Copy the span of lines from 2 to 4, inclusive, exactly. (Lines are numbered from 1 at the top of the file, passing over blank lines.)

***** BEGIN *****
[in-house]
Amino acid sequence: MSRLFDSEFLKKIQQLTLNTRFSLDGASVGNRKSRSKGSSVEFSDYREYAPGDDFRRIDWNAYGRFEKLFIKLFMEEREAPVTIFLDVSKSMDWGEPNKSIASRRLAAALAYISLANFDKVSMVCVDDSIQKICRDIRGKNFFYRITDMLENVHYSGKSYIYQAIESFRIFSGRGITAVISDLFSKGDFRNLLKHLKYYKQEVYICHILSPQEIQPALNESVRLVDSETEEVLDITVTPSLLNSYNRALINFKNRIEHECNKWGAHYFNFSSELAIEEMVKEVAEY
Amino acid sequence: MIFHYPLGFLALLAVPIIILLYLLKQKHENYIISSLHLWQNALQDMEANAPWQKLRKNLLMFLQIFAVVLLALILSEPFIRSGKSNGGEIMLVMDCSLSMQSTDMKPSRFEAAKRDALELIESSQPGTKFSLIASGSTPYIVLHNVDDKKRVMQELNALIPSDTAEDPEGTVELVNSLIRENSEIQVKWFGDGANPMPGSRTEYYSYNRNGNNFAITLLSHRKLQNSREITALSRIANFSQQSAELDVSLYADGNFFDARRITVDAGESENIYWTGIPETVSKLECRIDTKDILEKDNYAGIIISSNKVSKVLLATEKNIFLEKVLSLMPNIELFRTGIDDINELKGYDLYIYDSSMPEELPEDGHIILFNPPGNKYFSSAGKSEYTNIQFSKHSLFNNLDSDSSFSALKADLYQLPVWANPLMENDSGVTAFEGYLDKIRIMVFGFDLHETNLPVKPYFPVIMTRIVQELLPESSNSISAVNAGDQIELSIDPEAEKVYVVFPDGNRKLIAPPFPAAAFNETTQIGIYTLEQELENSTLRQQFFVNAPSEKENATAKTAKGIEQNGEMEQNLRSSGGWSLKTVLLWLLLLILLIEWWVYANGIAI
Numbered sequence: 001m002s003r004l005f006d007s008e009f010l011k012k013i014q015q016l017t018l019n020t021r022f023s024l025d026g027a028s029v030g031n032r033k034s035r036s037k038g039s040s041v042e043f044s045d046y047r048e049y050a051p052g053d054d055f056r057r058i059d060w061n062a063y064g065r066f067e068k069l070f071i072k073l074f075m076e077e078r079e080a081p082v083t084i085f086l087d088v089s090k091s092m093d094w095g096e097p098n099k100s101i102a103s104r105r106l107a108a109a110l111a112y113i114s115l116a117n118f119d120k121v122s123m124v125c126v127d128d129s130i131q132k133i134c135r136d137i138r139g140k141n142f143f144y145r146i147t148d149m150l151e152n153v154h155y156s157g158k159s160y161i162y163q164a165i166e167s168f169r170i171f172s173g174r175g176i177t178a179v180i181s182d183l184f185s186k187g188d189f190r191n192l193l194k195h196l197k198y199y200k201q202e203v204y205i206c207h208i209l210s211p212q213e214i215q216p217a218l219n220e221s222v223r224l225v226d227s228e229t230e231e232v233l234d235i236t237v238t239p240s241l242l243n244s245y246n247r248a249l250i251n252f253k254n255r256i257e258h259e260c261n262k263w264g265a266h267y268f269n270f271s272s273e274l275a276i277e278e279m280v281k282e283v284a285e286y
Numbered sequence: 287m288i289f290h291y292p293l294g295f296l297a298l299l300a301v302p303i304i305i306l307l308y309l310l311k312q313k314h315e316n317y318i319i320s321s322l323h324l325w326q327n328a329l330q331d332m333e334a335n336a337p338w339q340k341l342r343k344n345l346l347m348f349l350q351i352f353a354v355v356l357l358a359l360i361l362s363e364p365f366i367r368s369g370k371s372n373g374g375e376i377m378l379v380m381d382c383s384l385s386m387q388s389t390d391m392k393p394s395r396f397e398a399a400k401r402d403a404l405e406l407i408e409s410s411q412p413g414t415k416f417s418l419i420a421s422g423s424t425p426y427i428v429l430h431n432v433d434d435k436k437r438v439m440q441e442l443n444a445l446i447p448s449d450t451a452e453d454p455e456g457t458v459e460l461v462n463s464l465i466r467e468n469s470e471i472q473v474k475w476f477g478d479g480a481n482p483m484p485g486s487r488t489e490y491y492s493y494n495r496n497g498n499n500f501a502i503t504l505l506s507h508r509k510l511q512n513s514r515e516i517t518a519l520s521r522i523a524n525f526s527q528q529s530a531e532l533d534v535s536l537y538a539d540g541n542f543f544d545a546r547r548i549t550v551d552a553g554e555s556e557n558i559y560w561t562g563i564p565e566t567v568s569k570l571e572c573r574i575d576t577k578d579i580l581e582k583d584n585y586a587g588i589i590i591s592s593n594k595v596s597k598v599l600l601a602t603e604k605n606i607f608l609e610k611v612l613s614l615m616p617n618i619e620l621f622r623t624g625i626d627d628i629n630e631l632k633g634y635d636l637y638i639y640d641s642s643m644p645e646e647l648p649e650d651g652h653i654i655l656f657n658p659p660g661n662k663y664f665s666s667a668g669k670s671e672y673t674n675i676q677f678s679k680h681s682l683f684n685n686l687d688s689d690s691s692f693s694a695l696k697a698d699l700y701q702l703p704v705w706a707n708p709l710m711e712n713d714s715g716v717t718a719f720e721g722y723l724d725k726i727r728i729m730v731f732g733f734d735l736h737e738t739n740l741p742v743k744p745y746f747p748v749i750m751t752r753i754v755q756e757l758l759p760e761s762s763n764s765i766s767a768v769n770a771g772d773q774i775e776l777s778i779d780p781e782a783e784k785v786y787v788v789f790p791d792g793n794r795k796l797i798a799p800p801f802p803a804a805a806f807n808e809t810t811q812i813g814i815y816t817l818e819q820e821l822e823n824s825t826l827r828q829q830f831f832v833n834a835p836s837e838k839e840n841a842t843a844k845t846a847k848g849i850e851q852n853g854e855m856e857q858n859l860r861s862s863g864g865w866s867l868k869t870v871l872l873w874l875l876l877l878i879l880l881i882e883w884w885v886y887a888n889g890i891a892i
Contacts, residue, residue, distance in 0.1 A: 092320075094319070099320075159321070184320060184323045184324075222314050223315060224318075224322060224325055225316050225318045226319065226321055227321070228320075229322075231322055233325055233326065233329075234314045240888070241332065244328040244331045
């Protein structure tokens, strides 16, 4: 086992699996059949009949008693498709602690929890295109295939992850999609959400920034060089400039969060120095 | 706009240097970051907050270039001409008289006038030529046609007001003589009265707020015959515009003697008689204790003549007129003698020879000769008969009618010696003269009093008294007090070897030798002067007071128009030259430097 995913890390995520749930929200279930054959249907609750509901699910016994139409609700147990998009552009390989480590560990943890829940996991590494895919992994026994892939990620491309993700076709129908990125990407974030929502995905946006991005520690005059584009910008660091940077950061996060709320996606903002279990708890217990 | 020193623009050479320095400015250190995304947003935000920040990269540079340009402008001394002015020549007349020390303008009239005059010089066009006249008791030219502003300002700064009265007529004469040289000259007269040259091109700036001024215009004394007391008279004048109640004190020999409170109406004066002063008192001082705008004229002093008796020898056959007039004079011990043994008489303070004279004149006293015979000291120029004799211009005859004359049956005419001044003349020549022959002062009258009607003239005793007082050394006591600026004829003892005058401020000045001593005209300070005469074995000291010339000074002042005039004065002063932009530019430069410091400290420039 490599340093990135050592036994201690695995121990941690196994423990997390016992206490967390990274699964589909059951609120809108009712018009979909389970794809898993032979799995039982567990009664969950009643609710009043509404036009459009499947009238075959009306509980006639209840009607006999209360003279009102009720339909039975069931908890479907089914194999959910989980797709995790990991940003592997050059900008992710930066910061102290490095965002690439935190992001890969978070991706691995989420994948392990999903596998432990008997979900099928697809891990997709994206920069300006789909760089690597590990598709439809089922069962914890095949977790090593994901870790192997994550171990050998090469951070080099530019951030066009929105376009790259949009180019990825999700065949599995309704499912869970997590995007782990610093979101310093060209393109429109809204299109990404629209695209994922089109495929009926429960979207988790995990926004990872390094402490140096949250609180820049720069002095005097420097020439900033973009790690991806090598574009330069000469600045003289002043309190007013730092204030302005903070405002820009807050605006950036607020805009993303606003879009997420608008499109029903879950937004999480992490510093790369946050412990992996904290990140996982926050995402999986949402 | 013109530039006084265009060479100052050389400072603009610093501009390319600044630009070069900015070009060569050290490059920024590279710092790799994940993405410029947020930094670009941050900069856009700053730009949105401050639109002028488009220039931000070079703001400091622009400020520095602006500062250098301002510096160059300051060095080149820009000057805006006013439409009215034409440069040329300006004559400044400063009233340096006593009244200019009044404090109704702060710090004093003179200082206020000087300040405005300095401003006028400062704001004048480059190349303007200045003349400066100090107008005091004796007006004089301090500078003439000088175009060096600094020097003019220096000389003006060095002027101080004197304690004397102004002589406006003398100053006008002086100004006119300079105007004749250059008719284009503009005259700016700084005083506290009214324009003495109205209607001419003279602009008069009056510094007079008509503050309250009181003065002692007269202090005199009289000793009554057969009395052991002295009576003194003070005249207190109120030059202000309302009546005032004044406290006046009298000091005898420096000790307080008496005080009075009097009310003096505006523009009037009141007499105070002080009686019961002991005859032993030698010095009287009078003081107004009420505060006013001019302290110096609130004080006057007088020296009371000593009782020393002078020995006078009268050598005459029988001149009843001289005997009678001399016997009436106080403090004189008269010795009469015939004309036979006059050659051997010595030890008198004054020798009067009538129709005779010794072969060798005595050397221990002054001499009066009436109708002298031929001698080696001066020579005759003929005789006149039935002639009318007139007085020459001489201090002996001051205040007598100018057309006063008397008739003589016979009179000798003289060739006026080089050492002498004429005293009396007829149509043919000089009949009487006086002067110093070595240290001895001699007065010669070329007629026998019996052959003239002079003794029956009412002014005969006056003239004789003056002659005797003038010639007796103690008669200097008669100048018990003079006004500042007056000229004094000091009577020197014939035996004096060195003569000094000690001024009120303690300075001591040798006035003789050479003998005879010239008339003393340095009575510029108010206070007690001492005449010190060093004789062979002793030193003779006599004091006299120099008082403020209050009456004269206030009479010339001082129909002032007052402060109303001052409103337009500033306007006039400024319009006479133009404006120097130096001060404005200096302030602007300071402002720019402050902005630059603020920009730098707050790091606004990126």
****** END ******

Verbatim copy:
Amino acid sequence: MSRLFDSEFLKKIQQLTLNTRFSLDGASVGNRKSRSKGSSVEFSDYREYAPGDDFRRIDWNAYGRFEKLFIKLFMEEREAPVTIFLDVSKSMDWGEPNKSIASRRLAAALAYISLANFDKVSMVCVDDSIQKICRDIRGKNFFYRITDMLENVHYSGKSYIYQAIESFRIFSGRGITAVISDLFSKGDFRNLLKHLKYYKQEVYICHILSPQEIQPALNESVRLVDSETEEVLDITVTPSLLNSYNRALINFKNRIEHECNKWGAHYFNFSSELAIEEMVKEVAEY
Amino acid sequence: MIFHYPLGFLALLAVPIIILLYLLKQKHENYIISSLHLWQNALQDMEANAPWQKLRKNLLMFLQIFAVVLLALILSEPFIRSGKSNGGEIMLVMDCSLSMQSTDMKPSRFEAAKRDALELIESSQPGTKFSLIASGSTPYIVLHNVDDKKRVMQELNALIPSDTAEDPEGTVELVNSLIRENSEIQVKWFGDGANPMPGSRTEYYSYNRNGNNFAITLLSHRKLQNSREITALSRIANFSQQSAELDVSLYADGNFFDARRITVDAGESENIYWTGIPETVSKLECRIDTKDILEKDNYAGIIISSNKVSKVLLATEKNIFLEKVLSLMPNIELFRTGIDDINELKGYDLYIYDSSMPEELPEDGHIILFNPPGNKYFSSAGKSEYTNIQFSKHSLFNNLDSDSSFSALKADLYQLPVWANPLMENDSGVTAFEGYLDKIRIMVFGFDLHETNLPVKPYFPVIMTRIVQELLPESSNSISAVNAGDQIELSIDPEAEKVYVVFPDGNRKLIAPPFPAAAFNETTQIGIYTLEQELENSTLRQQFFVNAPSEKENATAKTAKGIEQNGEMEQNLRSSGGWSLKTVLLWLLLLILLIEWWVYANGIAI
Numbered sequence: 001m002s003r004l005f006d007s008e009f010l011k012k013i014q015q016l017t018l019n020t021r022f023s024l025d026g027a028s029v030g031n032r033k034s035r036s037k038g039s040s041v042e043f044s045d046y047r048e049y050a051p052g053d054d055f056r057r058i059d060w061n062a063y064g065r066f067e068k069l070f071i072k073l074f075m076e077e078r079e080a081p082v083t084i085f086l087d088v089s090k091s092m093d094w095g096e097p098n099k100s101i102a103s104r105r106l107a108a109a110l111a112y113i114s115l116a117n118f119d120k121v122s123m124v125c126v127d128d129s130i131q132k133i134c135r136d137i138r139g140k141n142f143f144y145r146i147t148d149m150l151e152n153v154h155y156s157g158k159s160y161i162y163q164a165i166e167s168f169r170i171f172s173g174r175g176i177t178a179v180i181s182d183l184f185s186k187g188d189f190r191n192l193l194k195h196l197k198y199y200k201q202e203v204y205i206c207h208i209l210s211p212q213e214i215q216p217a218l219n220e221s222v223r224l225v226d227s228e229t230e231e232v233l234d235i236t237v238t239p240s241l242l243n244s245y246n247r248a249l250i251n252f253k254n255r256i257e258h259e260c261n262k263w264g265a266h267y268f269n270f271s272s273e274l275a276i277e278e279m280v281k282e283v284a285e286y